Many people struggle to say no to friends or at work when they are given additional tasks because we like to please and be seen as capable. But if you have too many demands and no more capacity available you should say no.
Try not to feel guilty because it means that someone else can dedicate the right amount of time and attention to the task. Assertiveness can be used in a variety of ways to confidently and reasonably say "no".
As you grow up your experiences teach you that you can't always decline requests. You may end up with unhelpful beliefs about saying "no" which increase the difficulty of you saying it. For example, you may think that saying "no":
Consider these beliefs if you've noticed you experience any unhelpful ones holding you back from declining requests:
The Art of Saying No: Kenny Nguyen at TEDxLSU
Noted entrepreneur and presentation expert Kenny Nguyen passionately speaks about the power inherent in saying "no." The CEO of Big Fish Presentations, Kenny speaks about how "no" has affected him personally and professionally, but more importantly, how it can prepare one for the perfect time to say yes.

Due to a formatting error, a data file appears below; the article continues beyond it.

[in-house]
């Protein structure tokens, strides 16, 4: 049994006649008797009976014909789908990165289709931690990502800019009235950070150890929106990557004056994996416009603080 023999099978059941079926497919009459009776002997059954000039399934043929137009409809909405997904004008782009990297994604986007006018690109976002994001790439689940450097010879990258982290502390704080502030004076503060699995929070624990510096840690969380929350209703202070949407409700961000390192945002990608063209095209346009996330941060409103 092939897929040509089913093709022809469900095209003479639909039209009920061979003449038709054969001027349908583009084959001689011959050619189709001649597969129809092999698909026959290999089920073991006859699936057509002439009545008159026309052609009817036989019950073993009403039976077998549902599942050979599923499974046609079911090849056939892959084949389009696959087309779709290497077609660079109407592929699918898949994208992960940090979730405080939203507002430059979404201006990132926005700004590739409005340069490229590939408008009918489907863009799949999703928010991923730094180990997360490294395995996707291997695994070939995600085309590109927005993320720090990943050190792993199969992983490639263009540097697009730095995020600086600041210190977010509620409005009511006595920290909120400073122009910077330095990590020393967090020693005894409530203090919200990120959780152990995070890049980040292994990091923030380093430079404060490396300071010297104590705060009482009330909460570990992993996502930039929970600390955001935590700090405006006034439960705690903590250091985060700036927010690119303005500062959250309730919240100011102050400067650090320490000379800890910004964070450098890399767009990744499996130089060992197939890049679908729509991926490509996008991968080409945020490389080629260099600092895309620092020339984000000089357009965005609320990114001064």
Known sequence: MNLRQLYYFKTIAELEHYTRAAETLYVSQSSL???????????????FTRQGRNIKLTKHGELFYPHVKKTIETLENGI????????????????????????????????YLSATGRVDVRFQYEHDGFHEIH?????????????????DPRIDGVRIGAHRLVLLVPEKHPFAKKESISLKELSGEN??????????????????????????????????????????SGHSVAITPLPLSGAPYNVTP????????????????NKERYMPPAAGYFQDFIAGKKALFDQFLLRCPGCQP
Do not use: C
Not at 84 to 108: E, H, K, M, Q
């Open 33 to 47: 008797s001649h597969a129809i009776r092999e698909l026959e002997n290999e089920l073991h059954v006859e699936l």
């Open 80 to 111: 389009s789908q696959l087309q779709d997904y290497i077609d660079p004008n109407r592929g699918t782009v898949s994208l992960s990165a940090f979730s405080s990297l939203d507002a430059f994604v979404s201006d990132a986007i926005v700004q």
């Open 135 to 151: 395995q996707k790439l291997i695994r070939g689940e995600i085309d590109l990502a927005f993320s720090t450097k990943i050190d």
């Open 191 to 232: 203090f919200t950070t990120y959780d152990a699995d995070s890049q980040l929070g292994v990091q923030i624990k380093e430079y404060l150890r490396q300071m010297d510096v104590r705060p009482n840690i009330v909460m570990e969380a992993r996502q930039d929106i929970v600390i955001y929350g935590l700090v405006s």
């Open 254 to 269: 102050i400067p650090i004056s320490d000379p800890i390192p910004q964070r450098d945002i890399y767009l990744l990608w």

The psychologist Trevor Powell describes six ways of saying no - you choose which one to use depending on the situation:
When you’re asked to do something you don’t want to do or you can’t do you just say "no" e.g. "I can’t do that." The aim is to say "no" without feeling that you have to apologize. It’s the other person’s responsibility so don’t feel like you have to take responsibility for it.
This is when you acknowledge the content and sentiments of the request and then assertively refuse at the end.
This is where you provide a brief but honest reason for your answer.
This is not an absolute "no" - it’s a way of saying no to the request currently but means you can say yes in the future. You should only use this if you want to genuinely meet the request.
This is again not an absolute "no". In this technique you open up the request to see if there is an alternative.
If the person initially does not accept your "No", then keep repeating yourself. It can be used in a wide range of situations and it is especially useful for persistent requests.
Practice saying 'no' to your customer or boss using the six methods described by the psychologist Trevor Powell.Learn More
Remember that you have the right to voice your opinions and if you really struggle to say "no" it’s likely that you’re overestimating the difficulty the other person will have in accepting your refusal.